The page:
Health care reform gaining Republican support

Slowly but surely, some Republicans are starting to come around to the idea of meaningful health care reform. Bush Administration HHS Secretary Tommy Thompson, New York City Mayor Michael Bloomberg, and Mark McClellan, who ran both the Food and Drug Administration and the Medicare and Medicaid programs under George W. Bush were the first to announce their support for health care reform, and they were followed by former U.S. Senators Bill Frist and Bob Dole, as well as Howard Baker. In fact, Frist went on record as saying of the health care reform bill working its way through the Senate Finance Committee, “I would end up voting for it. … As leader, I would take heat for it. … That’s what leadership is all about.”

Former Republican U.S. Senator Chuck Hagel of Nebraska is the latest Republican to support health care reform, issuing the following statement:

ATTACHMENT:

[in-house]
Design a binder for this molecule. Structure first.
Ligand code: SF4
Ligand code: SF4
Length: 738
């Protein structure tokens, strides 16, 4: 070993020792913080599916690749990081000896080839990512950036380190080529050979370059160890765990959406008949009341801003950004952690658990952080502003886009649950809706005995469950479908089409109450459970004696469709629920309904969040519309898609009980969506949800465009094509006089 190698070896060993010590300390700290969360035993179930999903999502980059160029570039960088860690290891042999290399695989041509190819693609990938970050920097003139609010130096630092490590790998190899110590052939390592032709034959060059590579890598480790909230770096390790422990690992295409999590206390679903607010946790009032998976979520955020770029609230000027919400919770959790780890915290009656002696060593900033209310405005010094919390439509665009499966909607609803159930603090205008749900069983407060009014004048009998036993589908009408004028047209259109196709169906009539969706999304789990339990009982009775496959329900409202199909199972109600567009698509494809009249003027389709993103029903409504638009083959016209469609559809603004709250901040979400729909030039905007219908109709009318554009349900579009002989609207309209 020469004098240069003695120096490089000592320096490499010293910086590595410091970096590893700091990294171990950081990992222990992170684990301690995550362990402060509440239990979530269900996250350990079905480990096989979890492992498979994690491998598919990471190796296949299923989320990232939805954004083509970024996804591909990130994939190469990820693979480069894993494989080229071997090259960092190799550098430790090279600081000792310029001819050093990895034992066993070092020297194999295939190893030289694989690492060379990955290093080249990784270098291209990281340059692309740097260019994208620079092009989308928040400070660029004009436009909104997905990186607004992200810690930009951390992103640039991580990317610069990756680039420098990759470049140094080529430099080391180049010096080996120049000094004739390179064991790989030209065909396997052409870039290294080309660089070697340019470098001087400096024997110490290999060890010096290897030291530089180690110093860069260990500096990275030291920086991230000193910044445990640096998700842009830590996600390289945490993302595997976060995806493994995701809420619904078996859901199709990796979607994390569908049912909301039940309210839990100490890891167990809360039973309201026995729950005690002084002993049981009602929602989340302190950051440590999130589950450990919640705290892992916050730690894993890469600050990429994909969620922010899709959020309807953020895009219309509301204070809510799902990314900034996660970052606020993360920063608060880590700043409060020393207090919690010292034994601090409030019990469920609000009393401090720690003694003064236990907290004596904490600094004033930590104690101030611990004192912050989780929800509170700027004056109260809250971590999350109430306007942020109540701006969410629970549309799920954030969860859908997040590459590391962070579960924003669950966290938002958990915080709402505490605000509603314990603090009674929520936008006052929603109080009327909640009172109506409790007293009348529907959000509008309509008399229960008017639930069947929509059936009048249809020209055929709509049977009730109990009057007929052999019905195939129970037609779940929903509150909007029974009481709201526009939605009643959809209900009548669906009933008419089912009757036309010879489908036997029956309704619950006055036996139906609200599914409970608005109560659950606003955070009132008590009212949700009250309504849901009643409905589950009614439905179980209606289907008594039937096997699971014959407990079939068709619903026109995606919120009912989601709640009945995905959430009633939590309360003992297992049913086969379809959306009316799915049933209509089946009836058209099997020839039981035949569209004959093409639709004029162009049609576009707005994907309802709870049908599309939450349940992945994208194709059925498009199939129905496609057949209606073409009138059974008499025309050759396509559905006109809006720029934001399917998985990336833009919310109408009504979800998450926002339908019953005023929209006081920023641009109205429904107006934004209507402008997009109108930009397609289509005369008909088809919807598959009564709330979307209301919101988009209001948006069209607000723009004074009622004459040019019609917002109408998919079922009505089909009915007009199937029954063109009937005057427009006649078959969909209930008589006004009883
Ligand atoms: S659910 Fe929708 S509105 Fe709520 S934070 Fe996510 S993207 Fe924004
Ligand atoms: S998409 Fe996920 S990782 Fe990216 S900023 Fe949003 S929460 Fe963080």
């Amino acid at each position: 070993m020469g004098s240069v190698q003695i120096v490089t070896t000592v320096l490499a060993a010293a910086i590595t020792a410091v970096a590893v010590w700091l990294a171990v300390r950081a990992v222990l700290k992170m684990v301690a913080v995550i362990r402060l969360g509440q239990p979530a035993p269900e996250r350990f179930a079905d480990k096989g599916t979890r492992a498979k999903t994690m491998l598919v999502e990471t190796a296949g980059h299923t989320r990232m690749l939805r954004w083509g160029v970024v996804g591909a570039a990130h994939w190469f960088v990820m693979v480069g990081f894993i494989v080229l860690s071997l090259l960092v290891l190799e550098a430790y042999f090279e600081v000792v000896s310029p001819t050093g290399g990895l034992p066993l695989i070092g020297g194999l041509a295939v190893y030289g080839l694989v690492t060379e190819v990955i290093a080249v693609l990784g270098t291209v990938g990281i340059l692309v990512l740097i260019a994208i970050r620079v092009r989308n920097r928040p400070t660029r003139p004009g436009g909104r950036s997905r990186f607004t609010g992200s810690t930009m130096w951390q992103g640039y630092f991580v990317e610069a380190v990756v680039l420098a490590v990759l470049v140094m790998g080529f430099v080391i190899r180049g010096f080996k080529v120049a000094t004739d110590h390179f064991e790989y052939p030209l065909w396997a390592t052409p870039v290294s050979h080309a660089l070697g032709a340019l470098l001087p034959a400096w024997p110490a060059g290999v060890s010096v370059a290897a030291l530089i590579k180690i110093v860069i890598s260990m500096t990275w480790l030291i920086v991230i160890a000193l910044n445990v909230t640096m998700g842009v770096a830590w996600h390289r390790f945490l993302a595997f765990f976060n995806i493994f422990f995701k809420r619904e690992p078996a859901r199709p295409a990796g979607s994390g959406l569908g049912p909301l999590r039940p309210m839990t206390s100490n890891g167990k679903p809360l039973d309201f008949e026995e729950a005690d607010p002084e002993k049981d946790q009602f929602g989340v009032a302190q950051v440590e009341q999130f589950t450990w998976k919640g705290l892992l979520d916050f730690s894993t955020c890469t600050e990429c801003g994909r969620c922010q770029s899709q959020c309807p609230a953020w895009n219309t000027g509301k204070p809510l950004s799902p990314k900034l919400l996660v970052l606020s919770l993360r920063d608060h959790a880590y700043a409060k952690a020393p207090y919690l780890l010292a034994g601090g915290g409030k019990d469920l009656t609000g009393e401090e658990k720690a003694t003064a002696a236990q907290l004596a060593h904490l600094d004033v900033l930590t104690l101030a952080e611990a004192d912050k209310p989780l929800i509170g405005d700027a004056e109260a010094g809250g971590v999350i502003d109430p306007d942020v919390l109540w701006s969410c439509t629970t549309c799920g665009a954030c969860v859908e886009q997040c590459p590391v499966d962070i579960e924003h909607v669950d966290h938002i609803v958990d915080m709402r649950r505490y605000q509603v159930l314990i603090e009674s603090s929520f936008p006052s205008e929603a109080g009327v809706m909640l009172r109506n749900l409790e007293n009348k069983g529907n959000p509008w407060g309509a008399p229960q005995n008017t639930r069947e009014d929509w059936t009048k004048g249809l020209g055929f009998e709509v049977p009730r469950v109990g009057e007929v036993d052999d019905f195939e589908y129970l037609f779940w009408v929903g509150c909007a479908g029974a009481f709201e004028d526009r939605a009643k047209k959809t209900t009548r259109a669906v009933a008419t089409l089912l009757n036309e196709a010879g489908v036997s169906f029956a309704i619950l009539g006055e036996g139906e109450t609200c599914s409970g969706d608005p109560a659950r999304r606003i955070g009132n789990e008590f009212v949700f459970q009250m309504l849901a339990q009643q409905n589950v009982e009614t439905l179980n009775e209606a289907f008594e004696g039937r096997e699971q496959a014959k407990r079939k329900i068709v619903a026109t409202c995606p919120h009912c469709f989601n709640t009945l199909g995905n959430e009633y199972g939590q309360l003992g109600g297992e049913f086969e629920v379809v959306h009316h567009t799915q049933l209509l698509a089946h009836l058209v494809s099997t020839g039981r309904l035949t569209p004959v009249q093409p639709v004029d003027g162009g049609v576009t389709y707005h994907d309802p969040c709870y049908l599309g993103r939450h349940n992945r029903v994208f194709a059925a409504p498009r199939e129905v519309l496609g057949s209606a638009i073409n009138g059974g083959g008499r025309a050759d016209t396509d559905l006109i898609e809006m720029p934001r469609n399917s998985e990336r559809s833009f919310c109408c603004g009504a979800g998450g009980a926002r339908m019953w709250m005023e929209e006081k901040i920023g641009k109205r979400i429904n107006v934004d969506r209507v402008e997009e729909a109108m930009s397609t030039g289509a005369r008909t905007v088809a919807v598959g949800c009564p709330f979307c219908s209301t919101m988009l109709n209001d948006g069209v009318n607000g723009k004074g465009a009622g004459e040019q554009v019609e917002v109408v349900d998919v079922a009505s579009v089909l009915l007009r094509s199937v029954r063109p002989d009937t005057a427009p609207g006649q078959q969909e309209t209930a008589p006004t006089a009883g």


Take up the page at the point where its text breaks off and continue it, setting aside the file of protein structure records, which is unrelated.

“Right now in this country we have the best opportunity we’ve had in recent history to begin to create real health care reform that will expand coverage for those who don’t have it and lower costs for those who do. Access to affordable quality health care for all Americans should be our nation’s goal. Families and businesses across our country are struggling every day under the health care status quo. We are a country that can do better, and our citizens deserve better. The Congress and the Administration are working on bipartisan, practical solutions to improve our health care system. I urge all Members of Congress to put aside their narrow partisan differences and seize this moment for health care reform. We will fail our country if we do not succeed. This can also be the beginning of entitlement reform. We know that our entitlement programs cannot be sustained unless we begin with health care reform.”